TikTok Lobbyists Took Case Against Ban to Trump Campaign

TikTok lobbyists told Trump campaign officials that an all-out ban on the app could sour millions of voters against him in the November election, taking aim at one of the president’s top concerns, according to people familiar with the matter.

TikTok walked campaign officials through how the app works in detail and explained that the platform has 100 million U.S. users, many of whom are of voting age, said one of the people, all of whom asked not to be named because they weren’t unauthorized to speak publicly on the matter.

The recent briefings also pointed out that TikTok’s largest markets are key battleground states for the 2020 election, including Florida. The TikTok lobbyists also shared data on how young Trump supporters have grown increasingly active on the app, the person familiar said.

Videos with the #Trump2020 hashtag have notched 10.3 billion views on the app, compared to 2 billion views for #Biden2020.

After President Donald Trump threatened to ban TikTok last month, the app was flooded with videos of users crying and telling their friends to go out and vote against Trump in retaliation for taking aim at their digital hangout.

It’s unclear if the Trump campaign shared considerations about TikTok’s influence over voters with the president or administration officials. It couldn’t be determined whether these considerations affected deliberations about banning the app or negotiations between the Treasury Department, TikTok’s Chinese owner ByteDance Ltd. and Oracle Corp. to create a new global TikTok that would satisfy U.S. national security concerns.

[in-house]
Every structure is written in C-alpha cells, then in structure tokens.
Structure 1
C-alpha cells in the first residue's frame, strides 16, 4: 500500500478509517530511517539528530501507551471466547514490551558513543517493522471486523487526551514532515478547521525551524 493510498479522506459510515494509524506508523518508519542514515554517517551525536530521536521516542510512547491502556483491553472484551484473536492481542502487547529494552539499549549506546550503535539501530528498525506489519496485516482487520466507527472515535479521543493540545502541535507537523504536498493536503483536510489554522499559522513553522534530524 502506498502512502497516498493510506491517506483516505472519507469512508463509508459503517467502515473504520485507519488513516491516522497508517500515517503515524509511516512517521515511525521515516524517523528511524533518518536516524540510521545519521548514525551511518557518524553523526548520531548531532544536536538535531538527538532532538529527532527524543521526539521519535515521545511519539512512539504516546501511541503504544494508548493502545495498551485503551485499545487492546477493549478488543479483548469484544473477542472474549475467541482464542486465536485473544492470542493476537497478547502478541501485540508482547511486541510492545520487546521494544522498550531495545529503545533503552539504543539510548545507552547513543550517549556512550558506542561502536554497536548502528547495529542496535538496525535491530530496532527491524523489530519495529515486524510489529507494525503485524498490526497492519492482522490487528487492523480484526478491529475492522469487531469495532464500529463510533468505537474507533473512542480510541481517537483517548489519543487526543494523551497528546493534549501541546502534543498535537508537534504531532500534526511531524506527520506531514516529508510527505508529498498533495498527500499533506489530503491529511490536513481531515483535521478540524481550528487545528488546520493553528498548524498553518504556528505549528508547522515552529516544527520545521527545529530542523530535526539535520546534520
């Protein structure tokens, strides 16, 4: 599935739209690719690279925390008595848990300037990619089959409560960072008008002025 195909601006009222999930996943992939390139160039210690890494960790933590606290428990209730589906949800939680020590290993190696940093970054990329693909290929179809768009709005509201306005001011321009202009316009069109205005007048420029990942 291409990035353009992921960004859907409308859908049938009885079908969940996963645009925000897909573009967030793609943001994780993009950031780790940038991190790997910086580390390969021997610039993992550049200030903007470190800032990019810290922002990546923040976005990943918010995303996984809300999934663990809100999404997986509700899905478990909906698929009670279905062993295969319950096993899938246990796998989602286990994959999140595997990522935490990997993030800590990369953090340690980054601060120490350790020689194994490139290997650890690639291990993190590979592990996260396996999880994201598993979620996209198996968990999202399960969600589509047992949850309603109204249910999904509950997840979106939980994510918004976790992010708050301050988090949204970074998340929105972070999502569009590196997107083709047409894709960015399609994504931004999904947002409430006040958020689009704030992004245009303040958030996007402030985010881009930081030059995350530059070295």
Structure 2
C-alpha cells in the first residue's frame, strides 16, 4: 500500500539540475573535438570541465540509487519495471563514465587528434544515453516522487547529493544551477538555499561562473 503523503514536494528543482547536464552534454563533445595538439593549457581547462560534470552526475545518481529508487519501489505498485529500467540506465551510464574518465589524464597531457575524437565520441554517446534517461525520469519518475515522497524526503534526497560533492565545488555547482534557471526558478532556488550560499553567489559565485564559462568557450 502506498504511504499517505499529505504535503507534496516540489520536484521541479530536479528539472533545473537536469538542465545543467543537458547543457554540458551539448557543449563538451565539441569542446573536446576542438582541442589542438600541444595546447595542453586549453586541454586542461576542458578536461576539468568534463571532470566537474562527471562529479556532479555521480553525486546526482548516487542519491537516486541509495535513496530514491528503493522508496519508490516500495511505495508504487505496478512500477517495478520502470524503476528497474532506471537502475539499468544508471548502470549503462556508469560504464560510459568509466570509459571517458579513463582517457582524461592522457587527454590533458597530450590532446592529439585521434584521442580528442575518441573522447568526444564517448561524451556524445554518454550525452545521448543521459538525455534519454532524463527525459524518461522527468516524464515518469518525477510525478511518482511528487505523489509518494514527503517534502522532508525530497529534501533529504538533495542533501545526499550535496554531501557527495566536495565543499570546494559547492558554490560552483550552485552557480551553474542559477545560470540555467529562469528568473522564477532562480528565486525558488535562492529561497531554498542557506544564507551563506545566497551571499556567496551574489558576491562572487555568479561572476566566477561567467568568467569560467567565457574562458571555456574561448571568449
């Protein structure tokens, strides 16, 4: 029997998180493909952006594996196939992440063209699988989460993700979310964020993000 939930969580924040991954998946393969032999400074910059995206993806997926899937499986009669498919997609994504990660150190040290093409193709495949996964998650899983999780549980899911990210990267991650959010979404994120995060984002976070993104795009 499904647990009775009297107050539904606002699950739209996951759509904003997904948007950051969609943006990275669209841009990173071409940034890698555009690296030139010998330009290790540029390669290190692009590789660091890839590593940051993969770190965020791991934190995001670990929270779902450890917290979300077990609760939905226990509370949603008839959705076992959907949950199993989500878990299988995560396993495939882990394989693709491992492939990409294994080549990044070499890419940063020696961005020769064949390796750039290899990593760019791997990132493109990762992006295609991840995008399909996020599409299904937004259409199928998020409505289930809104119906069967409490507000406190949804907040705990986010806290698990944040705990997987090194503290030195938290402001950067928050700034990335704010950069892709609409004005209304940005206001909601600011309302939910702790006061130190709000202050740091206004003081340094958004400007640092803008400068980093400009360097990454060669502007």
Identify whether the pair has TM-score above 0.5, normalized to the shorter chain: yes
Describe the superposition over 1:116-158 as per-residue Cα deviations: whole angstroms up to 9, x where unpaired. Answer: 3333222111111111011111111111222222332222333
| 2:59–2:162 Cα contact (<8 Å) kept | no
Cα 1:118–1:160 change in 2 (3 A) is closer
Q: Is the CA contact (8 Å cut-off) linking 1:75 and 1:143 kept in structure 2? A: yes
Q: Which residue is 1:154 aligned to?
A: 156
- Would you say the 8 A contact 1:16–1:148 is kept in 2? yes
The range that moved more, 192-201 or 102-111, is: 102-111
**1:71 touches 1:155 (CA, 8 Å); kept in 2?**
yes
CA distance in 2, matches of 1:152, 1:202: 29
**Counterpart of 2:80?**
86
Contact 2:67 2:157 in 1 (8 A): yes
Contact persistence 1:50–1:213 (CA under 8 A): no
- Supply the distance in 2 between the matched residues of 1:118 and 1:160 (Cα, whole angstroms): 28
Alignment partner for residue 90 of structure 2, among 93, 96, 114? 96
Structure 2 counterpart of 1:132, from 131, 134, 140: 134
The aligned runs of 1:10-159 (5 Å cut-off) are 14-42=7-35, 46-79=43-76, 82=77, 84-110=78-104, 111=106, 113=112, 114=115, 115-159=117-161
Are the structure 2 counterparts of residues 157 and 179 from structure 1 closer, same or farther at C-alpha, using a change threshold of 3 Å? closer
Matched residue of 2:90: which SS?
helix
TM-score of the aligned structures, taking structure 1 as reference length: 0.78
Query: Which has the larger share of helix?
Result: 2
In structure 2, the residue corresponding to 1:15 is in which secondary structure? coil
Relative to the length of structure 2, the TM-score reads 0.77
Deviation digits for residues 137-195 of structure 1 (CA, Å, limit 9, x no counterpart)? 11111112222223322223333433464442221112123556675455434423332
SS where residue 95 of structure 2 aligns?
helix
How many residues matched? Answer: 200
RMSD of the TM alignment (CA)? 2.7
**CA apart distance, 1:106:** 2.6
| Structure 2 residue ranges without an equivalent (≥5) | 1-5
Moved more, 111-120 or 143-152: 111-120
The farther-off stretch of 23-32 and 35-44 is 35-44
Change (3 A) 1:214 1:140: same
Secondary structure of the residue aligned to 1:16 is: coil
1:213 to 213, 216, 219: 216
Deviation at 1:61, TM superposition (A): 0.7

Representatives for TikTok and the Trump campaign didn’t immediately respond to requests for comment.

ByteDance has been building up its U.S. lobbying muscle over the last year. In a matter of months, it’s amassed a Washington operation with at least three dozen staffers and a number of outside lobbyists with close ties to the Trump administration, including David Urban, a senior adviser to Trump during his 2016 presidential campaign. Last quarter it spent a company record on federal lobbying, filings show.

The proposed Oracle deal, designed to create a ring-fenced version of TikTok to protect the data of U.S. citizens and prevent China from spying, would have Oracle, Walmart Inc. and venture capital investors holding a minority stake.

Despite indications in recent days that Trump was moving toward accepting the companies’ proposal, allowing them to avoid a ban, the U.S. Commerce Department on Friday said that it plans to expel TikTok from U.S. app stores by Sunday, but allowed the company until Nov. 12 to reach a final deal or face further restrictions on business in the U.S. Commerce said it could reverse the ban on TikTok’s video-streaming service if the company presents a deal that satisfies national security concerns.

Over the summer, thousands of young people organized through TikTok to flood the campaign’s app with bad reviews and prank Trump’s first post-shutdown campaign rally in Tulsa, Oklahoma. At that time, Tim Murtaugh, director of communications for the Trump campaign, told Bloomberg News that “TikTok users don’t affect anything we do. What we do know is that the Chinese use TikTok to spy on its users.”

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